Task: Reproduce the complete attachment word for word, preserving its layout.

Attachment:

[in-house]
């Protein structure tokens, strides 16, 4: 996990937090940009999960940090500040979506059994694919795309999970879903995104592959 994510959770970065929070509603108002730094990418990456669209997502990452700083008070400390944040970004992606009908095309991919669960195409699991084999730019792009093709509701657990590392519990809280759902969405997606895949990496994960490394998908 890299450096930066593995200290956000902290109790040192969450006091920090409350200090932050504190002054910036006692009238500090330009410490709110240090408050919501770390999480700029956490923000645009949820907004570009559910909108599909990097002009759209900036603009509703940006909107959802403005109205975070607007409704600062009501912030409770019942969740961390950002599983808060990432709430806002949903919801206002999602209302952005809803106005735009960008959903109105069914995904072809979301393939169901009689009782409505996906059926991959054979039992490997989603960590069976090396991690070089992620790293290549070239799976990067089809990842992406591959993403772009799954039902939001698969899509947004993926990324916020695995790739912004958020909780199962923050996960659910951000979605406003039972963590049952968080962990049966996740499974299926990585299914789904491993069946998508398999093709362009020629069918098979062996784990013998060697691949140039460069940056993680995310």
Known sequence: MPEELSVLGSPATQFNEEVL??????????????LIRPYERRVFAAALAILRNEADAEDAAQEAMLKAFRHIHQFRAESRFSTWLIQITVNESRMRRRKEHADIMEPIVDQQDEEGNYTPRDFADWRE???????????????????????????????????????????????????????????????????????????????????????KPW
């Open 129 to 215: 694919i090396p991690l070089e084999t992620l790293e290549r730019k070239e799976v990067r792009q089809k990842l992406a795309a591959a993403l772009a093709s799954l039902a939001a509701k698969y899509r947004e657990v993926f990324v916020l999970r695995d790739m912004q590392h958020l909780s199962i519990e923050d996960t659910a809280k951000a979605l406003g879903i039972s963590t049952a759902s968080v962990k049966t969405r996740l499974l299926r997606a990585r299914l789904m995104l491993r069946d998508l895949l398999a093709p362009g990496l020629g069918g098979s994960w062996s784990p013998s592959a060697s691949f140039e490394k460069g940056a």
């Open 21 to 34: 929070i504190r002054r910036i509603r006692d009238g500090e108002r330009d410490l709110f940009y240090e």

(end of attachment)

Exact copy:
[in-house]
């Protein structure tokens, strides 16, 4: 996990937090940009999960940090500040979506059994694919795309999970879903995104592959 994510959770970065929070509603108002730094990418990456669209997502990452700083008070400390944040970004992606009908095309991919669960195409699991084999730019792009093709509701657990590392519990809280759902969405997606895949990496994960490394998908 890299450096930066593995200290956000902290109790040192969450006091920090409350200090932050504190002054910036006692009238500090330009410490709110240090408050919501770390999480700029956490923000645009949820907004570009559910909108599909990097002009759209900036603009509703940006909107959802403005109205975070607007409704600062009501912030409770019942969740961390950002599983808060990432709430806002949903919801206002999602209302952005809803106005735009960008959903109105069914995904072809979301393939169901009689009782409505996906059926991959054979039992490997989603960590069976090396991690070089992620790293290549070239799976990067089809990842992406591959993403772009799954039902939001698969899509947004993926990324916020695995790739912004958020909780199962923050996960659910951000979605406003039972963590049952968080962990049966996740499974299926990585299914789904491993069946998508398999093709362009020629069918098979062996784990013998060697691949140039460069940056993680995310």
Known sequence: MPEELSVLGSPATQFNEEVL??????????????LIRPYERRVFAAALAILRNEADAEDAAQEAMLKAFRHIHQFRAESRFSTWLIQITVNESRMRRRKEHADIMEPIVDQQDEEGNYTPRDFADWRE???????????????????????????????????????????????????????????????????????????????????????KPW
């Open 129 to 215: 694919i090396p991690l070089e084999t992620l790293e290549r730019k070239e799976v990067r792009q089809k990842l992406a795309a591959a993403l772009a093709s799954l039902a939001a509701k698969y899509r947004e657990v993926f990324v916020l999970r695995d790739m912004q590392h958020l909780s199962i519990e923050d996960t659910a809280k951000a979605l406003g879903i039972s963590t049952a759902s968080v962990k049966t969405r996740l499974l299926r997606a990585r299914l789904m995104l491993r069946d998508l895949l398999a093709p362009g990496l020629g069918g098979s994960w062996s784990p013998s592959a060697s691949f140039e490394k460069g940056a």
């Open 21 to 34: 929070i504190r002054r910036i509603r006692d009238g500090e108002r330009d410490l709110f940009y240090e």